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Beatriz M. Crespo-Ruiz, Antonio J. Del Ama-Espinosa and ángel M. Gil-Agudo

The objective was to conduct a methodological pilot study to analyze wheelchair propulsion upper limb kinematics in standard competitive play considering the functional classification of each athlete. Ten basketball players with a functional classification ranging from 1 to 4 were included in the study. Four camcorders (Kinescan-IBV) and a treadmill for wheelchairs were used. Temporal parameters were analyzed and the upper limb kinematics was obtained using ISB recommendations. The value of the temporal parameters such as push phase duration, the ratio of push phase/recovery phase, contact, and propulsion angle seems to reduce as the functional classification increases. A methodological protocol has been developed that allows the analysis of kinematic characteristics of wheelchair propulsion in basketball players taking into account their functional classification.

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Lütfiye Akkurt, İpek Alemdaroğlu Gürbüz, Ayşe Karaduman and Öznur Tunca Yilmaz

functional levels were at 1 or 2 according to the Brooke Lower Extremity Functional Classification Scale, were included in the study. The inclusion criteria for the patients were as follows: (1) They must have been diagnosed with DMD. (2) They must be in the ambulatory period and be able to climb 4 steps

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Keith P. Gennuso, Kathryn Zalewski, Susan E. Cashin and Scott J. Strath

Background:

To examine the effectiveness of the American College of Sports Medicine (ACSM) and the American Heart Association (AHA) resistance training (RT) guidelines to improve physical function and functional classification in older adults with reduced physical abilities.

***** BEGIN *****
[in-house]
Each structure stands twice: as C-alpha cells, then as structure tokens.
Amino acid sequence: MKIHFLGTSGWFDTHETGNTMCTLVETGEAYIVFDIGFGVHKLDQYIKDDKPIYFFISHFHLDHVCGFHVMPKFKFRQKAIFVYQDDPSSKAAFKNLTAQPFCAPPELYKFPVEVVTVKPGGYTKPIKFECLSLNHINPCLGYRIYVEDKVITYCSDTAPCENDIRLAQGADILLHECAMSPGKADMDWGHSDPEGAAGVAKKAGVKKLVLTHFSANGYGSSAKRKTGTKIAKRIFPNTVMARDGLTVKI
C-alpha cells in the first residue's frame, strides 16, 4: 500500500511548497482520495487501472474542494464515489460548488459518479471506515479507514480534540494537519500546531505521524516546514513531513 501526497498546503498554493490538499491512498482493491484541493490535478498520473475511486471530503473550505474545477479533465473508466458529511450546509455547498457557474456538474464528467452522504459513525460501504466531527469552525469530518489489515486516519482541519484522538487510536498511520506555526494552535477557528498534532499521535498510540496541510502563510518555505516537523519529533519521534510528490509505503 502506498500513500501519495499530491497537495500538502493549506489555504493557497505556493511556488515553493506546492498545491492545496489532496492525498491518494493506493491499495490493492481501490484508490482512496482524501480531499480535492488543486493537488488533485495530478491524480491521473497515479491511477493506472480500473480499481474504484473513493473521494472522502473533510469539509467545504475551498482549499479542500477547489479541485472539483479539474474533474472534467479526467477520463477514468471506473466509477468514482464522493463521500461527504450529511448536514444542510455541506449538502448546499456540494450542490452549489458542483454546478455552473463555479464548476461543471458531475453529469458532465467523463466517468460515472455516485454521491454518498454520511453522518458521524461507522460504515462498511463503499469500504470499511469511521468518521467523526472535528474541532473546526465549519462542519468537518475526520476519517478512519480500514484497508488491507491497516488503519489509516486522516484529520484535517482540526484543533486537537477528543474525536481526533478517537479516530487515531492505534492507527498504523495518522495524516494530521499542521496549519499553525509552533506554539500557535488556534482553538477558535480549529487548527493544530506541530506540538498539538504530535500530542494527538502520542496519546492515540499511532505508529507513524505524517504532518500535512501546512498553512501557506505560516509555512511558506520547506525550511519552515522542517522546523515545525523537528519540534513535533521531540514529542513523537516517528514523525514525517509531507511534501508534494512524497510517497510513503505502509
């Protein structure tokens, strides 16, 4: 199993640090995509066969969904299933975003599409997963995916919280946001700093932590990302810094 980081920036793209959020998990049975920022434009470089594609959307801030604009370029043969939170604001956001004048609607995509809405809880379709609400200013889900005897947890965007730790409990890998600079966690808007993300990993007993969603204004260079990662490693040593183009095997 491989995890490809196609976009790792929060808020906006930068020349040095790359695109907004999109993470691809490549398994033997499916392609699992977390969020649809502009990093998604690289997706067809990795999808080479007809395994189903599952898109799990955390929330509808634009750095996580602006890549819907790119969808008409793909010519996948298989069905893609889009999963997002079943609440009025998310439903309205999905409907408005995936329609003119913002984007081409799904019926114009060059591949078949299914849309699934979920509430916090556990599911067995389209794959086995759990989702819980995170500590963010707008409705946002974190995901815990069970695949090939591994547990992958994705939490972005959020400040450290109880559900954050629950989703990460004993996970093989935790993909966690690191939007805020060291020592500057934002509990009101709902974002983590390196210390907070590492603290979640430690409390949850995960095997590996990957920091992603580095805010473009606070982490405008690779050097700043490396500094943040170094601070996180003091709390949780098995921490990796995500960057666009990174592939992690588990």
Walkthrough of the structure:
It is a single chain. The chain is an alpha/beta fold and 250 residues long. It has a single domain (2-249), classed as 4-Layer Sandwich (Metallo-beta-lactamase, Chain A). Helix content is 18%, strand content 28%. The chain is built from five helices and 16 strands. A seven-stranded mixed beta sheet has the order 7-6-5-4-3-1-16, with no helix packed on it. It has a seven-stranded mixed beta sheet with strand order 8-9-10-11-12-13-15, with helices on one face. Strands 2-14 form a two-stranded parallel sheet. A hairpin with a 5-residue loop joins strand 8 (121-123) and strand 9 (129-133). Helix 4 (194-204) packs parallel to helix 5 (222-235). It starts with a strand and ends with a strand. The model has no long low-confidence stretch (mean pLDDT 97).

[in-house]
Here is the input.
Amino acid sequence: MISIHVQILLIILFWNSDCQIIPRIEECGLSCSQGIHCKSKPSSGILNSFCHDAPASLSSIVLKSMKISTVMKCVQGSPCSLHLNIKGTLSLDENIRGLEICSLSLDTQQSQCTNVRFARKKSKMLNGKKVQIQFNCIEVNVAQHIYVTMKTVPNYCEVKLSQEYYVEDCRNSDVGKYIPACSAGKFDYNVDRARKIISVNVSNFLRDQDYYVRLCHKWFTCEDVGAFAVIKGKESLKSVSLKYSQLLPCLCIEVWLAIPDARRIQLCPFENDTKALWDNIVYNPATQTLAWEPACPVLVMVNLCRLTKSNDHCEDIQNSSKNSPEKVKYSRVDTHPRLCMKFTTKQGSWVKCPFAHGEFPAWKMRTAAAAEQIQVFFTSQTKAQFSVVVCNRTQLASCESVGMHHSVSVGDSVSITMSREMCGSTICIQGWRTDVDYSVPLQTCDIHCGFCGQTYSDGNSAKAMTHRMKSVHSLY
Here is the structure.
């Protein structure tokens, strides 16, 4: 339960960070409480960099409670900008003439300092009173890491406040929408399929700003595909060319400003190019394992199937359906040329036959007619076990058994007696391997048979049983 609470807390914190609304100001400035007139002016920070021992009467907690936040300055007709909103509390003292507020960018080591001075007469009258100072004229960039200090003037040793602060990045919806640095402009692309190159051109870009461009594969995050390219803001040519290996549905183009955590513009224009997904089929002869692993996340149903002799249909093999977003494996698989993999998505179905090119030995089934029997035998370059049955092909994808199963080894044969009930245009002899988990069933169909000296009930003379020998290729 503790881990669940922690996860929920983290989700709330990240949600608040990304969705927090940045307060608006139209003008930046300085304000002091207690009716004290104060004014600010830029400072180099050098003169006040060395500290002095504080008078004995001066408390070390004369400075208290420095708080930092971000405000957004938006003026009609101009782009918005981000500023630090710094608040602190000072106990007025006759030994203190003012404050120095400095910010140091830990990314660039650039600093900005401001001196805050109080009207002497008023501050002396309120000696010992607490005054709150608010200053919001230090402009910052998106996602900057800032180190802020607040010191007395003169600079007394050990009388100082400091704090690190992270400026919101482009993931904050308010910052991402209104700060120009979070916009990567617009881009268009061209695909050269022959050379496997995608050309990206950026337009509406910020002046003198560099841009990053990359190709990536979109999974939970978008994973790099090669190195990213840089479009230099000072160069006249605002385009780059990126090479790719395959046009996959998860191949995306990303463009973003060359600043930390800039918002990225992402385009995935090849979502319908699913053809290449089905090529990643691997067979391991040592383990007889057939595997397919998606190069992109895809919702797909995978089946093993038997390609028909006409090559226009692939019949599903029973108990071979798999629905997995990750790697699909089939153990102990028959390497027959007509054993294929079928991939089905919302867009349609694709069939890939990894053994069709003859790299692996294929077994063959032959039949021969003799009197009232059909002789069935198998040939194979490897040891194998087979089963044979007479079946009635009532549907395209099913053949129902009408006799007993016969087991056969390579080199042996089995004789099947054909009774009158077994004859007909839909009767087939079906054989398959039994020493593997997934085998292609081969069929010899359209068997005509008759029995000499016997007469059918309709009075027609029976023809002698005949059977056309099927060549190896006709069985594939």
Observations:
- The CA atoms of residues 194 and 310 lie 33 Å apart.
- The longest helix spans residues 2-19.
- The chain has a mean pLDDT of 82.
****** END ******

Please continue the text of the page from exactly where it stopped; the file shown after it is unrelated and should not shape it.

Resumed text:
Methods:

Twenty-five at-risk older adults were randomized to a control (CON = 13) or 8-week resistance training intervention arm (RT = 12). Progressive RT included 8 exercises for 1 set of 10 repetitions at a perceived exertion of 5–6 performed twice a week. Individuals were assessed for physical function and functional classification change (low, moderate or high) by the short physical performance battery (SPPB) and muscle strength measures.

Results:

Postintervention, significant differences were found between groups for SPPB—Chair Stand [F(1,22) = 9.14, P < .01, η = .29] and SPPB—Total Score [F(1,22) = 7.40, P < .05, η = .25]. Functional classification was improved as a result of the intervention with 83% of participants in the RT group improving from low to moderate functioning or moderate to high functioning. Strength significantly improved on all exercises in the RT compared with the CON group.

Conclusions:

A RT program congruent with the current ASCM and AHA guidelines is effective to improve overall physical function, functional classification, and muscle strength for older adults with reduced physical abilities.

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Scott M. Lephart and Timothy J. Henry